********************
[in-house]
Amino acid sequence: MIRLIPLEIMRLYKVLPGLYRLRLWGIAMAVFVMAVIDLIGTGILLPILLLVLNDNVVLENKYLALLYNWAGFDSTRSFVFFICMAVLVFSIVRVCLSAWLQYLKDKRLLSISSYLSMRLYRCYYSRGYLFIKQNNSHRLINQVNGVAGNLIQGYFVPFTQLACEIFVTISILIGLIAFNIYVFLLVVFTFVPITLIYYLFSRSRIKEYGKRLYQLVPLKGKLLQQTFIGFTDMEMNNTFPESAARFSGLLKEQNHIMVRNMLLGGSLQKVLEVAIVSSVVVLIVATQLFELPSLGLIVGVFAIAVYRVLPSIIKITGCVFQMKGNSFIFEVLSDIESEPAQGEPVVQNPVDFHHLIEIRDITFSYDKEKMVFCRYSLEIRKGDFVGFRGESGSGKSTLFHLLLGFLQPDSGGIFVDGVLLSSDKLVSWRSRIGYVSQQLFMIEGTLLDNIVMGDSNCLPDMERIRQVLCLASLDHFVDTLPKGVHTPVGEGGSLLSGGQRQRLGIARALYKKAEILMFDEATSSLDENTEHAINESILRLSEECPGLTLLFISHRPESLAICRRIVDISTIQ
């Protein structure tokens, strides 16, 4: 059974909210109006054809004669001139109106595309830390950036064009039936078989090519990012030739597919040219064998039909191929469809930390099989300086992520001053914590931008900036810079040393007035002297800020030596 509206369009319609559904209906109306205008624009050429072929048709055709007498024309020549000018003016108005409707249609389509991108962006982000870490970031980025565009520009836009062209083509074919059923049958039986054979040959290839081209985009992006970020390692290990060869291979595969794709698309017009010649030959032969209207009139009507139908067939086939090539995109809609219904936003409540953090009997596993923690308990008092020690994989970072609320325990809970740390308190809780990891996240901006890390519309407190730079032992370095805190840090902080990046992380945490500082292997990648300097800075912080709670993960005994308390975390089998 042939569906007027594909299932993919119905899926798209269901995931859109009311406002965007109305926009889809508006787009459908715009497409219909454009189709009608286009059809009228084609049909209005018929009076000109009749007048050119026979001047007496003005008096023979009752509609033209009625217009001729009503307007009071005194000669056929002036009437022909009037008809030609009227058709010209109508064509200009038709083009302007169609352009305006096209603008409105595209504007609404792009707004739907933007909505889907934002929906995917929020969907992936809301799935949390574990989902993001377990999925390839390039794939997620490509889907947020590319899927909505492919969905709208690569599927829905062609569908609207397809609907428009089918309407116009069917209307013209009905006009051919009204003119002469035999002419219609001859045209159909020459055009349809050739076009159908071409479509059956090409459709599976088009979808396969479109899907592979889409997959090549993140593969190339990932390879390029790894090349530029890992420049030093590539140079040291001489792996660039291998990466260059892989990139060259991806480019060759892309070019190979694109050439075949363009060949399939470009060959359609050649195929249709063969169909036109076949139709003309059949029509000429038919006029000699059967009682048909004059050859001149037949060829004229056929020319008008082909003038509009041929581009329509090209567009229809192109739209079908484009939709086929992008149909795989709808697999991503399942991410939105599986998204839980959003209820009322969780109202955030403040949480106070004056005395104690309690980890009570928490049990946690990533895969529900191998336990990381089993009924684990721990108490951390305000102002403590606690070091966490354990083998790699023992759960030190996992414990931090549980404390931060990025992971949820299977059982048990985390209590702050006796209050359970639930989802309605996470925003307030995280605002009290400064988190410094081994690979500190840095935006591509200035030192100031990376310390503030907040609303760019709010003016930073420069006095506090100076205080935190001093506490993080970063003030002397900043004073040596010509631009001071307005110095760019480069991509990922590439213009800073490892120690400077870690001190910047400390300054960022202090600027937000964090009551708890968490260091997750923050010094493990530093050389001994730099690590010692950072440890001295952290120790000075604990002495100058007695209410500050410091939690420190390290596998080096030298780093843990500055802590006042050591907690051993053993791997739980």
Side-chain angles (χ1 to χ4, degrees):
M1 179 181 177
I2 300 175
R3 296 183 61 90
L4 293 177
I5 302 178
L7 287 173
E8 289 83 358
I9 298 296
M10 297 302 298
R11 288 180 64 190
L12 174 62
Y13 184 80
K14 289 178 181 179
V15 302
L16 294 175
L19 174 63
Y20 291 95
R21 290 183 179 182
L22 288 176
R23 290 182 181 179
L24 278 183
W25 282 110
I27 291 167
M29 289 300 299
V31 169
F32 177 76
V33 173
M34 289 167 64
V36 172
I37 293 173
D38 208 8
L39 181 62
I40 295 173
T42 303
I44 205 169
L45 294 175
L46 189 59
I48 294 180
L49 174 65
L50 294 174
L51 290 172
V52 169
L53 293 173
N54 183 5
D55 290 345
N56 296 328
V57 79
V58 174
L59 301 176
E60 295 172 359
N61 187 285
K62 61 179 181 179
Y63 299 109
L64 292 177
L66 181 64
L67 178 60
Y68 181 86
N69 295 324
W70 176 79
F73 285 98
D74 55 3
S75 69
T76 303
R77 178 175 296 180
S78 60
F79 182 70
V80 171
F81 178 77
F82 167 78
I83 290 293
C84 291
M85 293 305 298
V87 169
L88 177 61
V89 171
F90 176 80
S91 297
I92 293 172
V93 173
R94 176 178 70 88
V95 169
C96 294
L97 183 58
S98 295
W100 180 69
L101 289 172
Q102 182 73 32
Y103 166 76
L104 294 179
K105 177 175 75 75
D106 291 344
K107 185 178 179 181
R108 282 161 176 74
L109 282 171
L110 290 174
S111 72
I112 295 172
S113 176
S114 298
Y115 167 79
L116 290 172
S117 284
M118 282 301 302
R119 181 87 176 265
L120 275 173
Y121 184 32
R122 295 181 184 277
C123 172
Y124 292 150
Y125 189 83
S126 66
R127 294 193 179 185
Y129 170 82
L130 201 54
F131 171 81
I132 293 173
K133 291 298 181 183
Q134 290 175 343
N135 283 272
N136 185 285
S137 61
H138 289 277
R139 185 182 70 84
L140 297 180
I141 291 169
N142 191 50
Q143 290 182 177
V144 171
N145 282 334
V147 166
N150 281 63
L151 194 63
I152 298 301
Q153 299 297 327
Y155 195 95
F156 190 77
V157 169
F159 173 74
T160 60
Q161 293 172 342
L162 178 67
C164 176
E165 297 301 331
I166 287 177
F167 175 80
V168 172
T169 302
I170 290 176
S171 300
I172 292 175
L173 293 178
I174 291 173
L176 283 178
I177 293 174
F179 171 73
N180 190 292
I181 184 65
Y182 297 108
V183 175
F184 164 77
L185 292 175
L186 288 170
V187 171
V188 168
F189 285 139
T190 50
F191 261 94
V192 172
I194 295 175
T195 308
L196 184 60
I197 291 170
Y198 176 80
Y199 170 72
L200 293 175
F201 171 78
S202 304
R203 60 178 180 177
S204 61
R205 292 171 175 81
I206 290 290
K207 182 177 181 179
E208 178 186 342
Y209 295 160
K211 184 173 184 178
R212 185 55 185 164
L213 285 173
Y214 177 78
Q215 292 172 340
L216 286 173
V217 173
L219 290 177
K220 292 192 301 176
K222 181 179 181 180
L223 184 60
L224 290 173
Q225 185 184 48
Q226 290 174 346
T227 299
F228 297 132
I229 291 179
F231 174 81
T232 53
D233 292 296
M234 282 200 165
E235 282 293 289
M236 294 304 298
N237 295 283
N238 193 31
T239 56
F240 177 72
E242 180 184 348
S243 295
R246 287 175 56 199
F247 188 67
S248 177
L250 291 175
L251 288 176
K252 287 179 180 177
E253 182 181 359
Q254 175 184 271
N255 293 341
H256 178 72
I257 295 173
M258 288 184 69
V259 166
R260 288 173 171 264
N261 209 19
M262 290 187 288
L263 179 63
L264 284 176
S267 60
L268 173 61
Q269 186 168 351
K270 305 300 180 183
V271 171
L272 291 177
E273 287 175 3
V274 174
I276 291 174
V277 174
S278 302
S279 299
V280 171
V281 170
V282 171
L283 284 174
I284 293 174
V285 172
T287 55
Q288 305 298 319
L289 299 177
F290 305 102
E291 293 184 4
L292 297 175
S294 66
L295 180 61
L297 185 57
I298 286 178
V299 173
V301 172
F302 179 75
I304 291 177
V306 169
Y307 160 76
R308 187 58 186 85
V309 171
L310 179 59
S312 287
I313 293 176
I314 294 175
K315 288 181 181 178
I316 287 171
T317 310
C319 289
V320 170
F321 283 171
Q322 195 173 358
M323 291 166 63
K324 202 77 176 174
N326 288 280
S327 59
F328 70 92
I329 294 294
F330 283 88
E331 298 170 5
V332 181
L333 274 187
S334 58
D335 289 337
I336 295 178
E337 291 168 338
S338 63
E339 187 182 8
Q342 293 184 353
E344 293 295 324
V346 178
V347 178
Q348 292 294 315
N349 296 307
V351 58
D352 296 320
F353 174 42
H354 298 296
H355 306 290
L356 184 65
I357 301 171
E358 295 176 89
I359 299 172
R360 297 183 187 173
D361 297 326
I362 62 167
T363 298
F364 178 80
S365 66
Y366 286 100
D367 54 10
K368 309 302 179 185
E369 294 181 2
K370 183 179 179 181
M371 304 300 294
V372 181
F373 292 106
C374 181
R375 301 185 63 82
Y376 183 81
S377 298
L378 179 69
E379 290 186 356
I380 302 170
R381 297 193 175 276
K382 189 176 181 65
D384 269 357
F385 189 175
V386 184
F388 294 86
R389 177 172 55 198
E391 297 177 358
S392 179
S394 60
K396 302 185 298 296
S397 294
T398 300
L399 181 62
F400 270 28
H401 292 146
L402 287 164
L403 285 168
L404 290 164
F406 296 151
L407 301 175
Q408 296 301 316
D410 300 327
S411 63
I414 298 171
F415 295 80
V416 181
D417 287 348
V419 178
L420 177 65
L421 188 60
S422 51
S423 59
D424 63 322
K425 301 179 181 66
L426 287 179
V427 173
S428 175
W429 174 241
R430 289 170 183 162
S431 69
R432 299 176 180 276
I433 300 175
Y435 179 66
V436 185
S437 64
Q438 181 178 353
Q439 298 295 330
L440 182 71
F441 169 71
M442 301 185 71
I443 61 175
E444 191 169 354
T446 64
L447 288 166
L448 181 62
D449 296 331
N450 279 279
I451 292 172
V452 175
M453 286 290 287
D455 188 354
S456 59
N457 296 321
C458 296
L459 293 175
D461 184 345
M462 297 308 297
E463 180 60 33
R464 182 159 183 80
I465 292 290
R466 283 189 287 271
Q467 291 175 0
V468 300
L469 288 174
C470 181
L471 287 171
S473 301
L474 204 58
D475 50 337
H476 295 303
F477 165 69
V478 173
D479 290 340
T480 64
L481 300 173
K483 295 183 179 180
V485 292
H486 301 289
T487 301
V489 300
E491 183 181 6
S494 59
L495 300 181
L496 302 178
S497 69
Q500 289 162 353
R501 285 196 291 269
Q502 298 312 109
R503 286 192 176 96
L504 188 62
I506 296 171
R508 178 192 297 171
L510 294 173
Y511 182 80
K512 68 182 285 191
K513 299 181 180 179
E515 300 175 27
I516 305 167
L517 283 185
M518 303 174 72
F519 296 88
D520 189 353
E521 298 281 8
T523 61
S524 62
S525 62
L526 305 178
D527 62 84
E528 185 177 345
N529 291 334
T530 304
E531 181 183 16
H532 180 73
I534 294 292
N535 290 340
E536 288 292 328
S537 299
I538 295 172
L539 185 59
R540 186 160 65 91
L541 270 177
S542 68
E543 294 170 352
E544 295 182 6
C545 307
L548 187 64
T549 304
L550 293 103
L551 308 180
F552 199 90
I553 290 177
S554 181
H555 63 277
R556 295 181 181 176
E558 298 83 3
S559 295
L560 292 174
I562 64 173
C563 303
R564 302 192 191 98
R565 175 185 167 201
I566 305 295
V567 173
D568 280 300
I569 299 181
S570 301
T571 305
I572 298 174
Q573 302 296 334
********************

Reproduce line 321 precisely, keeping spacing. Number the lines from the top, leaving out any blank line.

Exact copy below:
D367 54 10